In recent weeks, Republican presidential candidates have nearly exhausted the list of synonyms for “weak” to describe President Obama’s foreign policy.
He’s thrown allies such as Israel “under the bus,” in the words of Mitt Romney.
He’s indecisive in confronting Iran over its nuclear program, according to Newt Gingrich, who called this week for “regime replacement” in the Islamic Republic.
Never mind that polls rate Obama highest on his management of national security. Or that he has surged troops into Afghanistan, significantly stepped-up the use of drones to kill al-Qaeda operatives even beyond America’s defined battlefields, and supported with aircraft and intelligence the successful rebellion in Libya against long-time U.S.-antagonist Moammar Gaddafi.
On Wednesday, addressing a gathering of Jewish Republicans, Romney said, “Internationally, President Obama has adopted an appeasement strategy. Appeasement betrays a lack of faith in America, in American strength, and in America’s future.”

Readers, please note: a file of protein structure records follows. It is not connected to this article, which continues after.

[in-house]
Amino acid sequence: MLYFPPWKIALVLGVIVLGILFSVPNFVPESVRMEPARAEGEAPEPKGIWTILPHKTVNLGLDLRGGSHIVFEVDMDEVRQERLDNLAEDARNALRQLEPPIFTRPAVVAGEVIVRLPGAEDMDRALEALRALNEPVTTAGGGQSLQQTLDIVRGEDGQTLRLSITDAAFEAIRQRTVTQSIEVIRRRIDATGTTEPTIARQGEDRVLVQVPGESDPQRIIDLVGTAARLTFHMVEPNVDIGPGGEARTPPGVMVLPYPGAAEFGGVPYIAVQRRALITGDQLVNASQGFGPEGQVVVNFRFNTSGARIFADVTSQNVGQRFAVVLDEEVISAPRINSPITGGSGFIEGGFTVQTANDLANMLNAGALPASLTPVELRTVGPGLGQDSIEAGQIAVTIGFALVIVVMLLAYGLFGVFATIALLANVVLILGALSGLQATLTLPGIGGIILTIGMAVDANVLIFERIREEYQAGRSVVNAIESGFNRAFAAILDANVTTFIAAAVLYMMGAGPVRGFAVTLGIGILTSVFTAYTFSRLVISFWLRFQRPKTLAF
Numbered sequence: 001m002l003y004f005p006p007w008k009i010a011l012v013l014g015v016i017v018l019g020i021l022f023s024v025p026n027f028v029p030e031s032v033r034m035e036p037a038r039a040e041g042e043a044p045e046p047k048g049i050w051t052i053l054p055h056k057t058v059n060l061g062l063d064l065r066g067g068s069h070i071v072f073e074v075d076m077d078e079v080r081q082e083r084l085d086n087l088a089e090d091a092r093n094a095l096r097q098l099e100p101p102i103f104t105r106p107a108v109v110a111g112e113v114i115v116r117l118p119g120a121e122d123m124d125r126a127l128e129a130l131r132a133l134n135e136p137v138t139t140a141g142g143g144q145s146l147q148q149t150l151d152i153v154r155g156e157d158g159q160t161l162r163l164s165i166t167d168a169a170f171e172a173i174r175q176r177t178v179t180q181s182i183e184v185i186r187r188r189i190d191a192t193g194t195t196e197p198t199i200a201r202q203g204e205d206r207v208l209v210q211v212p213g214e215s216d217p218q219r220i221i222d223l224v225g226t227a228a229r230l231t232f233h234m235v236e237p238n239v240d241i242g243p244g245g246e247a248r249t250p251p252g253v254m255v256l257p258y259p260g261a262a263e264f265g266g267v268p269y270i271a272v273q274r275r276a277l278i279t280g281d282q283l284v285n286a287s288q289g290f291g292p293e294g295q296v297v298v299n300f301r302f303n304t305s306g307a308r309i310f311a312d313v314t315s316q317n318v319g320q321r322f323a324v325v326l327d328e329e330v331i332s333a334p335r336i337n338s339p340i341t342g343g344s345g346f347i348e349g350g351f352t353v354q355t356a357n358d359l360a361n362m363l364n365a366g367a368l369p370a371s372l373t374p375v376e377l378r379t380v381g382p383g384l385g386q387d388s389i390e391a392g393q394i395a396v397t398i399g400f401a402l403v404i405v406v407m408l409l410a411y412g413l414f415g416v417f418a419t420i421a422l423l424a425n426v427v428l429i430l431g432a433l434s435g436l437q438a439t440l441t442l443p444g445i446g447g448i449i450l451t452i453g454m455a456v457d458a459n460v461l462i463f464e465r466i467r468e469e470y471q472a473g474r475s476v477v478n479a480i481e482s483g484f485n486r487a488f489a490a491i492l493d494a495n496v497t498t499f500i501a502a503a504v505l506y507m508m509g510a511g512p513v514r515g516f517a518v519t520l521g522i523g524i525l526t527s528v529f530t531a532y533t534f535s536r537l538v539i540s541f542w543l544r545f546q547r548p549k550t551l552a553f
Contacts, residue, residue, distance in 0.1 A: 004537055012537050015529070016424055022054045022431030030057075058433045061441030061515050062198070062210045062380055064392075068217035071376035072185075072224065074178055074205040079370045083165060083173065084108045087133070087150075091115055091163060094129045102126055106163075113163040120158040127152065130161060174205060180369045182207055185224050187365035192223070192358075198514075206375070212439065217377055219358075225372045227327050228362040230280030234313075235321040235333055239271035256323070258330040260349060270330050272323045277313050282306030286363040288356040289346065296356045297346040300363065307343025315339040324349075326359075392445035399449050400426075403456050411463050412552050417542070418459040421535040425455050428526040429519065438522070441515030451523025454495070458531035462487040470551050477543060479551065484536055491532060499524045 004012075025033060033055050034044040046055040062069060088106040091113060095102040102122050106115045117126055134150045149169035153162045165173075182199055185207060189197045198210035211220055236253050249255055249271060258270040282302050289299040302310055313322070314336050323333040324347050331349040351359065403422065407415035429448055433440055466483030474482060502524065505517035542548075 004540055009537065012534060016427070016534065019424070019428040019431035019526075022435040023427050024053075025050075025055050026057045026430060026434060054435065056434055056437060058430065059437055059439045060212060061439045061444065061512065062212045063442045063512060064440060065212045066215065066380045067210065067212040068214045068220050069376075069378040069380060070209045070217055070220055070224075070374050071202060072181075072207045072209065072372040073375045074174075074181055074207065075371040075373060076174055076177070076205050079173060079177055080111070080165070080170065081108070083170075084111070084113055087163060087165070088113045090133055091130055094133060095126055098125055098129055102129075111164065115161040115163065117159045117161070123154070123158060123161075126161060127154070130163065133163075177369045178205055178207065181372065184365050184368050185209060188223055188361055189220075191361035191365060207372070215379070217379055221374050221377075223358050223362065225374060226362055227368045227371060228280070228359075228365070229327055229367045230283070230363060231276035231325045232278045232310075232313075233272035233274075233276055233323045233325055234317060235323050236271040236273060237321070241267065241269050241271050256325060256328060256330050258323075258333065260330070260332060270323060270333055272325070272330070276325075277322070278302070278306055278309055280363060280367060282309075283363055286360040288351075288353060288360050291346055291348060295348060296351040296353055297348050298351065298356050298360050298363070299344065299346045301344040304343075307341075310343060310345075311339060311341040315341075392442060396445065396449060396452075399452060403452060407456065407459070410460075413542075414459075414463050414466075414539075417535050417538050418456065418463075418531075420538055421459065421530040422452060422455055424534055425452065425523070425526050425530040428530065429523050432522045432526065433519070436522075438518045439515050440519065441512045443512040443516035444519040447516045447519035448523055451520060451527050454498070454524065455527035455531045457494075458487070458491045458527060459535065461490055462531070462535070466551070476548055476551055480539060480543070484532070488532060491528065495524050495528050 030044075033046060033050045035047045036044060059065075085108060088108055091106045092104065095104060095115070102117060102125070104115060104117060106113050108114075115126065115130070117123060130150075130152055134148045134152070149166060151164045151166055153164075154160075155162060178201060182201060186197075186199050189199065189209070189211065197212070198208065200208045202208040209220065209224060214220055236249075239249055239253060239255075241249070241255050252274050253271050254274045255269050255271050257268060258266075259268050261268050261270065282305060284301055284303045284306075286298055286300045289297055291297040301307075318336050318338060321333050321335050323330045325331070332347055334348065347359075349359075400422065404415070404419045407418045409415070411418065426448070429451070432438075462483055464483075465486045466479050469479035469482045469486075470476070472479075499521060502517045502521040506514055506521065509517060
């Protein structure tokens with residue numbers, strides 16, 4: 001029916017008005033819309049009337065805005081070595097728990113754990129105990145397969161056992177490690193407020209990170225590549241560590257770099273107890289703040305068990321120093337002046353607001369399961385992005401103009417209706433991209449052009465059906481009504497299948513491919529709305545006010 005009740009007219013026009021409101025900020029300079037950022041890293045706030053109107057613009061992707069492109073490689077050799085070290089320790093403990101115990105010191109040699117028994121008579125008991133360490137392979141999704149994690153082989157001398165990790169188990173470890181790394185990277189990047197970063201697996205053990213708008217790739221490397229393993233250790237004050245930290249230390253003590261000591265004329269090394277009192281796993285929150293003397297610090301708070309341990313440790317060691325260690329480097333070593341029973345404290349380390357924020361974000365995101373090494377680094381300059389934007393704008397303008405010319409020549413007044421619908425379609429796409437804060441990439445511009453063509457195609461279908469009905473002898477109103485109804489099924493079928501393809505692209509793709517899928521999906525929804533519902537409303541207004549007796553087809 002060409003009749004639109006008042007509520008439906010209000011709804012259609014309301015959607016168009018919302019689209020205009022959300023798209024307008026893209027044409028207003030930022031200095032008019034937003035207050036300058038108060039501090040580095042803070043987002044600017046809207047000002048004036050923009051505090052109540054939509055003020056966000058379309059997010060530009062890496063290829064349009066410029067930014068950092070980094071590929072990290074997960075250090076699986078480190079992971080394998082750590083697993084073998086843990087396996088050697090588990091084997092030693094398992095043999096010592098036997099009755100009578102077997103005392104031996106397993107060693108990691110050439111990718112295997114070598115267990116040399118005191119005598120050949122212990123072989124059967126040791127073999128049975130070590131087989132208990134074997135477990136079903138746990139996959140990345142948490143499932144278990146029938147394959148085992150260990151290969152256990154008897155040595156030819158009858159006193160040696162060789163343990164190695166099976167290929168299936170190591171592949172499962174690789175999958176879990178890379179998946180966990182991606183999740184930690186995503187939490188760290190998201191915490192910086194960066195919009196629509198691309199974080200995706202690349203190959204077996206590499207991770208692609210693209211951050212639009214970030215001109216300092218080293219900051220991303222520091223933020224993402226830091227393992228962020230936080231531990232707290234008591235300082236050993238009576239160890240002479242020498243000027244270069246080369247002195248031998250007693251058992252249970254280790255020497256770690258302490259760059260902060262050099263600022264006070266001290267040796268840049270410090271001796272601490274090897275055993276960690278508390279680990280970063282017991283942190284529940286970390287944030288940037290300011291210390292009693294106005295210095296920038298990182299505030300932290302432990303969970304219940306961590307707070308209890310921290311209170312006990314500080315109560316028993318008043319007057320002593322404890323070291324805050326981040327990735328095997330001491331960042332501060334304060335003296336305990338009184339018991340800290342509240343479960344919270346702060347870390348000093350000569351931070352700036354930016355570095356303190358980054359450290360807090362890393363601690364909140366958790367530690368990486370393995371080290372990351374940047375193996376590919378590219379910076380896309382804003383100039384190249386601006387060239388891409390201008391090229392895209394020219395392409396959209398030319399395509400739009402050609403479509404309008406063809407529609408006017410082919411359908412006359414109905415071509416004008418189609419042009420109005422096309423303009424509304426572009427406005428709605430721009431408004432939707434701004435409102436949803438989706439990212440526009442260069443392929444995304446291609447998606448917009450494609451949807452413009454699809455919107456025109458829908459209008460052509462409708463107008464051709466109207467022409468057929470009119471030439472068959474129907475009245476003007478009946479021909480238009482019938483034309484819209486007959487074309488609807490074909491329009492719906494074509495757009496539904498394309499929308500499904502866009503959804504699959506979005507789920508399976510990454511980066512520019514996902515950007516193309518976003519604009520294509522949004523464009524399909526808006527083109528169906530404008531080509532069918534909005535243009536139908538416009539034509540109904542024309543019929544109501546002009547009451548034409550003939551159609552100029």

The charge came up Thursday in the White House briefing room, where Obama made an appearance primarily to criticize the Republican-led filibuster of his nominee to head the Consumer Financial Protection Board.
The president took a few questions, one of them whether appeasement was the right way to characterize his foreign policy. Obama needed few words to answer, which he did with a little gallows swagger that he rarely displays.
“Ask Osama bin Laden and the 22 of 30 top al Qaeda leaders that I’ve taken off the playing field whether I have engaged in appeasement,” he said. “Or whoever is left out there.”
Game on, it appears.